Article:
How a human virus is killing endangered gorillas

There's fewer than 800 Mountain Gorillas left in the entire world, and their survival depends in part on people willing to pay money to go see them. But all this human interaction is bringing gorillas into contact with dangerous diseases.

Although humans are most closely related to chimpanzees, gorillas rank a very respectable second, sharing about 98% of their DNA with us. The current zoological consensus is that there are two distinct species of gorillas, western and eastern, and these are further divided into two subspecies each.

While all the gorilla species are to some degree threatened, the population levels vary wildly. There are at least 100,000 Western Lowland Gorillas in the wild, and 4,000 in zoos, while fellow western subspecies, the rarely seen Cross River Gorilla, is thought to have a remaining population of just 280. As for the eastern subspecies, the Eastern Lowland Gorilla has a relatively healthy population of about 4,000.

And then there's the Mountain Gorilla. Estimates vary, but the consensus is that there's at most 800 left in the wild. Conservation efforts for this subspecies is especially difficult because their habitats are located in some of the region's most politically unstable areas, such as the Democratic Republic of the Congo, making the gorillas vulnerable to government corruption and even attacks from local militias, such as a 2007 incident in which Congolese guerrilla fighters in Virunga National Park killed and butchered a pair of adult gorillas.

Now, just to add to the intense difficulties of caring for the Mountain Gorillas, comes new evidence that the gorillas are susceptible to human diseases. Researchers at the Mountain Gorilla Veterinary Project have tracked a marked increase in respiratory illnesses in the gorillas over the past few years. These diseases can range from the gorilla equivalent of the common cold to full-on pneumonia, and these respiratory ailments are the second most common killer of the gorillas after traumatic injury.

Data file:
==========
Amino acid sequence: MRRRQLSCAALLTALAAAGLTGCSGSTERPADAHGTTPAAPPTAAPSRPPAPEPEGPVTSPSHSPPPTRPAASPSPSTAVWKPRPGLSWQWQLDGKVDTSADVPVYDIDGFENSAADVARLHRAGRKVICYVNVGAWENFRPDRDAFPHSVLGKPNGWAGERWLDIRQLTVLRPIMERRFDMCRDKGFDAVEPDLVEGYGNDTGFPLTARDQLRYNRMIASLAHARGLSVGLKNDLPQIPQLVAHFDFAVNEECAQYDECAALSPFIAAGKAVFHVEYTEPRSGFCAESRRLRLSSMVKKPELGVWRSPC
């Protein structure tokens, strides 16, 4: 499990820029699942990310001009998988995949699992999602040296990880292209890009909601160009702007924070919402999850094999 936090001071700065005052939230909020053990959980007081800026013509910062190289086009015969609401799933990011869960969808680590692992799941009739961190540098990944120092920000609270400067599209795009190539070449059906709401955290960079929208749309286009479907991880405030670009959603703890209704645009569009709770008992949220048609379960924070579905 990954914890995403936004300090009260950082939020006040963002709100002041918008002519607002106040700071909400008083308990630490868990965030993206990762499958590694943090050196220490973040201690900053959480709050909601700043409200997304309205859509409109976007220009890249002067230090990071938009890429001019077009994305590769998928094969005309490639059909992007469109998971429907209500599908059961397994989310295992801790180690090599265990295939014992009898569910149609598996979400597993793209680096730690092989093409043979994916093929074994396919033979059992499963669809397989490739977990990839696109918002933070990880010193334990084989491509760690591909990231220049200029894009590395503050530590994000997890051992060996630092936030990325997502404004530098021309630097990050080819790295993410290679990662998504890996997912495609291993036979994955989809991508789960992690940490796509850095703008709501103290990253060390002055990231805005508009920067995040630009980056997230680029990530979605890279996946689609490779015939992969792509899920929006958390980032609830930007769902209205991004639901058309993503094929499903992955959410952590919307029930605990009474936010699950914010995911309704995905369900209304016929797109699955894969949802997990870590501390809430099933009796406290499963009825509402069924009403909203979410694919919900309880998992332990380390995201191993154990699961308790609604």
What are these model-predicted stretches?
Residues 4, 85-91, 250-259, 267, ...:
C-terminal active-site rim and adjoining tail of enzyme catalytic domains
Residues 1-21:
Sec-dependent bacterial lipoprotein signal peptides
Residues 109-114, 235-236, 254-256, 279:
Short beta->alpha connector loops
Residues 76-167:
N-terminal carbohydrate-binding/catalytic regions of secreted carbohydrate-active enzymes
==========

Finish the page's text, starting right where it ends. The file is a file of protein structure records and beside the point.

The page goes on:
Worse, tissue analysis has shown that two gorillas who died in recent disease outbreaks had the biochemical signature of an RNA virus known as human metapneumovirus, or HMPV - and with a name like that, you can probably guess which species they got it from. The disease may not have directly killed both of them, but it definitely weakened their immune system and left them significantly more vulnerable.

The problem is that human contact for these gorillas is pretty much unavoidable. Their small remaining natural environments happen to be located near some of Africa's most densely populated areas. And, in fact, human contact is arguably essential for their continued survival, as it's a vital source of funding for these parks - gorilla tourism brings in thousands of visitors each year from the local area and around the world to see the creatures up close.

For conservationists, it's a particularly brutal Catch-22, as one of the very things that allows these gorillas to enjoy even some small measure of protection from poachers and other forms of human encroachment - the national park system - is also bringing them into direct contact with deadly diseases. There's no clear answer here other than to remain vigilant in our role as stewards for this planet's endangered species...and I suppose hoping for the best can't hurt.

Via the CDC.